In the Variables of os details section display = android.os.Build.DISPLAY; has been added to the bottom.

Below this in the Displaying of os variables section weve added: TextView osDisplay = (TextView) findViewById(; osRelease.setText(display);

We saw how this all works in the TabagerSchool:#2 Displaying info class.

Now were up to some new stuff, and were going to put the DBAdapter we have to good use.

So as we can see we are doing three different things... Firstly we have; which is calling the open() method from the DBAdapter class we made earlier. So now the database is open we can do some thing with it, in this case db.insert("MyTestRom");. So were running the insert method and giving it "MyTestRom" to put into the table. Finally we run db.close(); to close the database.

So we now have our imaginary update in a database, we can now check the database to see whether we need an update or not. This code is what is used to accomplish it:

So once again we open the database, next we create a Cursor called c and place the results of the getRoms() method, c.moveToFirst(); will move to the first record returned and is good practice. Next we get the first string in the cursor (As we only have one in there this is fairly simple, If we had more in the table we would need to loop through them, but that's for another time) and place it the rom variable we created earlier rom = c.getString(0);. Finally we close the cursor with c.close(); followed by the database.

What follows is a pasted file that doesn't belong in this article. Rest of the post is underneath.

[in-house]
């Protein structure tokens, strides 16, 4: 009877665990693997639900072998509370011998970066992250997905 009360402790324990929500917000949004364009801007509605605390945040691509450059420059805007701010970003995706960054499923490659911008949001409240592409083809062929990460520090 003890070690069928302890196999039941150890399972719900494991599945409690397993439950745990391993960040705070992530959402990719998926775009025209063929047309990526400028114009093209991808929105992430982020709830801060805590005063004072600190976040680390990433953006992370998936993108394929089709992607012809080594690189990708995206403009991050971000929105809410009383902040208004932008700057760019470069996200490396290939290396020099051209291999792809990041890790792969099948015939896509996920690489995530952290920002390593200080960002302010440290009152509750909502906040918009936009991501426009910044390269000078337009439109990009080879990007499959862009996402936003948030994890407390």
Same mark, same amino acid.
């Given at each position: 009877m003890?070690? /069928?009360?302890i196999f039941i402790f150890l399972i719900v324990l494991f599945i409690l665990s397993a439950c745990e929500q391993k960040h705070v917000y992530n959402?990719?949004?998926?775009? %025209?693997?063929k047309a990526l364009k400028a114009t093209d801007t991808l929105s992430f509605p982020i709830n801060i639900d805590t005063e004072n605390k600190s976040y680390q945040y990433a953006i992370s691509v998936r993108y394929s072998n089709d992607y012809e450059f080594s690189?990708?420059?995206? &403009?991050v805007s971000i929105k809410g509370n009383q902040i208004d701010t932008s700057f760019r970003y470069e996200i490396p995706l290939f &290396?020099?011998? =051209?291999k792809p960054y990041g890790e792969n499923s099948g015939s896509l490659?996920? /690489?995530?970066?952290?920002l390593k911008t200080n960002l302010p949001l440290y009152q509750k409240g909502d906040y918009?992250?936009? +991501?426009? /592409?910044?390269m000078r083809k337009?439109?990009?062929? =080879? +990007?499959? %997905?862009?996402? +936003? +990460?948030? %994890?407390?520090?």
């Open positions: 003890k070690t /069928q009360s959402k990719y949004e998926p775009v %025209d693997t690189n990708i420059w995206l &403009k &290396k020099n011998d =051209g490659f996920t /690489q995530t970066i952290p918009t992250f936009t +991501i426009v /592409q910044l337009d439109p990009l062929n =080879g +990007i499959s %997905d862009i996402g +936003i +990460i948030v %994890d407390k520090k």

So we've pulled out the fake latest rom version for our device from the database and we can now check it with our current rom version. Before we make the check the Text View for the update is set up, TextView Update = (TextView) findViewById(;

Here's the finale that compares the rom and displays the result:

The if statement is being used here, it's very simple to use, and allows us to say if something is something then do this, if not do this. For example:

.equals() is used to compare two strings to see if there the same, so is the contents of rom the same as the contents of display 'rom.equals(display)' (display being display = android.os.Build.DISPLAY; which should be the name of the rom as you would find in your devices settings). If it does then: Update.setText("Up to date"); Update.setTextColor(Color.GREEN);

Which will set the Update Text View to "Up to date" and make the text green. (We saw in the last post how to change the color of the text in the xml, .setTextColor will let you change colour from within your activity )

If it doesn't then do:

Which will display the message "Update available latest version " and the rom version in a red text.

Step 5: Run the App

Lets give it a run shall we, you should get the above message saying that you need the update.

After this try getting your current rom, either from your devices settings or from the app you've made. edit db.insert("MyTestRom"); to insert your rom version. Then open your DBAdapter file and change the DATABASE_VERSION variable to 2. Save the changes and re run the app. Changing the database will run the onUpgrade() method, which if you remember deleted the table and recreated it, giving us a nice new empty table. This time your current Rom will be inserted and the update text will read "up to date".

After this comment out (put // before the line of code) the insert code, as there is no point in inserting a record every time we run the app.

This was indeed a long a tutorial, and covered a lot of ground, I tried to keep as simple as possible. It proves the concept of checking for the rom version and has given a nice overview of how to use databases.